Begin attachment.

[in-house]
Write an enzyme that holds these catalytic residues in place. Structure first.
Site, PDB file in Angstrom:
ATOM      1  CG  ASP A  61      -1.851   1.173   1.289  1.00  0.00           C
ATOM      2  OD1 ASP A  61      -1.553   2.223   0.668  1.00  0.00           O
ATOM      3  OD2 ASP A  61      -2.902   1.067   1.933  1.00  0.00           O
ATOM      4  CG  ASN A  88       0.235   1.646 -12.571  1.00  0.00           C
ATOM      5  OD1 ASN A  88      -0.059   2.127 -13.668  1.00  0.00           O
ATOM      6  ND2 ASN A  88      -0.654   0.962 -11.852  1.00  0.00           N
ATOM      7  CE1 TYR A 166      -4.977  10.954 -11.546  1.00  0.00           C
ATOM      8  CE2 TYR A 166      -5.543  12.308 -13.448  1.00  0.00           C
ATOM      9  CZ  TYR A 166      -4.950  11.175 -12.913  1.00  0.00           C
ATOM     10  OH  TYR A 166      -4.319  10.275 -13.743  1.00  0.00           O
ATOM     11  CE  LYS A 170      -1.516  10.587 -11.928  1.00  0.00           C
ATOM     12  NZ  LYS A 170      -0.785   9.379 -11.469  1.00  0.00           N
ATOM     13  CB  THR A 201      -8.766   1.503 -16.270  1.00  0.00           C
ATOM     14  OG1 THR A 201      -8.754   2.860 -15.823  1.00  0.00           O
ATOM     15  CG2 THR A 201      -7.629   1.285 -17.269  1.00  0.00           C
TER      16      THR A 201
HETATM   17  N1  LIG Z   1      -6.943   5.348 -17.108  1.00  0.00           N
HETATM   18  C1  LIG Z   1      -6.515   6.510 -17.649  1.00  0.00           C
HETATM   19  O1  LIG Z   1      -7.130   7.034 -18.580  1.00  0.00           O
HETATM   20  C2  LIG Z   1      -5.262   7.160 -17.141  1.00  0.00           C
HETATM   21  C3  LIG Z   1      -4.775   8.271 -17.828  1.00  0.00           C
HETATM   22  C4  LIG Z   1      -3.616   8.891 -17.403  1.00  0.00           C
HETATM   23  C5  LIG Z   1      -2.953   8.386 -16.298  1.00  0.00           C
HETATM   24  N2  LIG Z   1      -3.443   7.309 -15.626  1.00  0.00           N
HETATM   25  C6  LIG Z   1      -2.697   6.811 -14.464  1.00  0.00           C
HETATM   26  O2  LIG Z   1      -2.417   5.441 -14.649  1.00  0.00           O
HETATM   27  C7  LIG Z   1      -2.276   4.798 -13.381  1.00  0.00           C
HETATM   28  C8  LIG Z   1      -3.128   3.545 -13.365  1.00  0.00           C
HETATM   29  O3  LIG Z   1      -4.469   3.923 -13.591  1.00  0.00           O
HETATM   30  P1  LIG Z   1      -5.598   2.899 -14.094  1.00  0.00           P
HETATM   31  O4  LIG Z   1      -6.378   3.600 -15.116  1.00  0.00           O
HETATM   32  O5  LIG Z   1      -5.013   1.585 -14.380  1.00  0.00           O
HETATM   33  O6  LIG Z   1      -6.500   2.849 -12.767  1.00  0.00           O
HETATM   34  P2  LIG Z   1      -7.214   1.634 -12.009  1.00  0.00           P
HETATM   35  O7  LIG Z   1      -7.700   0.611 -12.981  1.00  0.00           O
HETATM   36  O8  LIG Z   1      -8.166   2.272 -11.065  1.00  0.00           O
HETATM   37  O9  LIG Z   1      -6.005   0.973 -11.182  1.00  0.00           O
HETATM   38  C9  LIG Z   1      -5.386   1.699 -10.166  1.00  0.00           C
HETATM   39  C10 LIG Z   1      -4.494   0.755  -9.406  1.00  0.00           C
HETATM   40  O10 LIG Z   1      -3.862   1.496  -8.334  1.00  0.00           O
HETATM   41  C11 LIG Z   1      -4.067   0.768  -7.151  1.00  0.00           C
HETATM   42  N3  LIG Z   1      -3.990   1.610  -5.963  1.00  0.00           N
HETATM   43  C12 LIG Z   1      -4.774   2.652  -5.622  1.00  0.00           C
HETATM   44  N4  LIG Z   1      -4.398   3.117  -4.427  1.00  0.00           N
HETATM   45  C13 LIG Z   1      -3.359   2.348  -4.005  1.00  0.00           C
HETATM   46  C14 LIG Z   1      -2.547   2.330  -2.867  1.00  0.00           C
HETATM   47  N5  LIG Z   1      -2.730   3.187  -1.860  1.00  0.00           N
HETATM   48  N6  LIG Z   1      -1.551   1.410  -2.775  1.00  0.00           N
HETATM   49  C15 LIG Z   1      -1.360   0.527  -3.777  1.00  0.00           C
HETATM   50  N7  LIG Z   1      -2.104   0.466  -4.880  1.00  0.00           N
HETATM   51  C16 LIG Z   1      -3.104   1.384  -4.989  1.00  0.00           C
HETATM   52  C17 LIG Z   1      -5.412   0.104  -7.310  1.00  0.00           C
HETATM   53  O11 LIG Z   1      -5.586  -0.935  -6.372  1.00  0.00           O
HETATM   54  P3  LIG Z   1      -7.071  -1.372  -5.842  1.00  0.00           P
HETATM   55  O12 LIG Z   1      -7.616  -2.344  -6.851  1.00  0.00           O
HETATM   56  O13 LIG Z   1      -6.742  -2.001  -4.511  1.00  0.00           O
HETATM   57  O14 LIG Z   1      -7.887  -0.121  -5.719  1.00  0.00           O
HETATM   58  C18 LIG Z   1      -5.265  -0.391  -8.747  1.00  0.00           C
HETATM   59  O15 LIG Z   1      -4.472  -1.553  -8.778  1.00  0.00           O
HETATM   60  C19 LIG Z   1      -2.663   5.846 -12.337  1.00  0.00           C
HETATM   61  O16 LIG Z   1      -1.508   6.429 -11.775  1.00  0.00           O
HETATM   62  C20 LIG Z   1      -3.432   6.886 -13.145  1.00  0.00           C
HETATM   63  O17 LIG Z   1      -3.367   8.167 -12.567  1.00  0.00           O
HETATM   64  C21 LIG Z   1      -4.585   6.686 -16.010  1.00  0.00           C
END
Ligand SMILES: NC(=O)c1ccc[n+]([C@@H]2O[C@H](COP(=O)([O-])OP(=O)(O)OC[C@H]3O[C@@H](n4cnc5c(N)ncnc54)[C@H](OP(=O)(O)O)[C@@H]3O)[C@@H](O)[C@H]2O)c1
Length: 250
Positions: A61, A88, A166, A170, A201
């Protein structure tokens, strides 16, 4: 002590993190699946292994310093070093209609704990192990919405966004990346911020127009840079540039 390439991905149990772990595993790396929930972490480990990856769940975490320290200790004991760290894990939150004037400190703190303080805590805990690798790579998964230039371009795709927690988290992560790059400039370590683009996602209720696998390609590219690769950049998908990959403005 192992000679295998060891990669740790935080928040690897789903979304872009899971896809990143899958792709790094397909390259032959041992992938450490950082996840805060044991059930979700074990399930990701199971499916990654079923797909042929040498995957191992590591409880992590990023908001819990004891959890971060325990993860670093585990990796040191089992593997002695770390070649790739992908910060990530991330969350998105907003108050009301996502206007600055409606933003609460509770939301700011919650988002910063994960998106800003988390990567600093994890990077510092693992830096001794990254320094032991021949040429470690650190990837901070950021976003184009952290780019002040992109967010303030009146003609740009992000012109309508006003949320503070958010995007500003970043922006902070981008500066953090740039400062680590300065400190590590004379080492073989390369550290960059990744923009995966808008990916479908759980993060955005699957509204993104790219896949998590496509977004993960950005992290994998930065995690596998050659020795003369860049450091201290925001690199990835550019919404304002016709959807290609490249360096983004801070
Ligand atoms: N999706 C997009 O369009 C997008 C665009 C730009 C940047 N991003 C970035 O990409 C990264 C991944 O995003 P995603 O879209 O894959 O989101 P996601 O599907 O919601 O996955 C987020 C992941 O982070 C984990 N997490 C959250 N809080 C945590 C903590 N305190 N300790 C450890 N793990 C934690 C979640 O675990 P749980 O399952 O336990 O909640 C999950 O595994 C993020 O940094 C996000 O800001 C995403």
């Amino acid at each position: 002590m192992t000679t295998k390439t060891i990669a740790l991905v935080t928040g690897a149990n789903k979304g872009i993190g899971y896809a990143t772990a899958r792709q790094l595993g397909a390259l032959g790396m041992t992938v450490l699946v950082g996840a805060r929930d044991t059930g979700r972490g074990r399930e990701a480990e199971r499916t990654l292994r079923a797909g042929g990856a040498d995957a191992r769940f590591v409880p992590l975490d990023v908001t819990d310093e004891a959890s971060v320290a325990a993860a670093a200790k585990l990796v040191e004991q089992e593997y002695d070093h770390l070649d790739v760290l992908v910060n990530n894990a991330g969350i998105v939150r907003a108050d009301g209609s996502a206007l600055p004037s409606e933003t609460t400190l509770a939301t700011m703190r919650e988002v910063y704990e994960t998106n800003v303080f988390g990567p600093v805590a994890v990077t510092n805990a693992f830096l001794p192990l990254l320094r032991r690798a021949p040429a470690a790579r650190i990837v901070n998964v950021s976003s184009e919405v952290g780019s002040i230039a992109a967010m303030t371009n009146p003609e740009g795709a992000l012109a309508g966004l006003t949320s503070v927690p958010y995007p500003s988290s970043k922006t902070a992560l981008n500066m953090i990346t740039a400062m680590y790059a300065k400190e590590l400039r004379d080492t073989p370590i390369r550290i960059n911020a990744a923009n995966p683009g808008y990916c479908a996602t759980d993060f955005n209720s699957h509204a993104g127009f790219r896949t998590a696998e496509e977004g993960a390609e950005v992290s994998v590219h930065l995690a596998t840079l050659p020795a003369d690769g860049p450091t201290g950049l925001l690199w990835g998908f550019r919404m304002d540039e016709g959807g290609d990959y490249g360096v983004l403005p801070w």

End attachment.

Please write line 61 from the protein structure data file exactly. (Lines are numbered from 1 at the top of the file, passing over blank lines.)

HETATM   58  C18 LIG Z   1      -5.265  -0.391  -8.747  1.00  0.00           C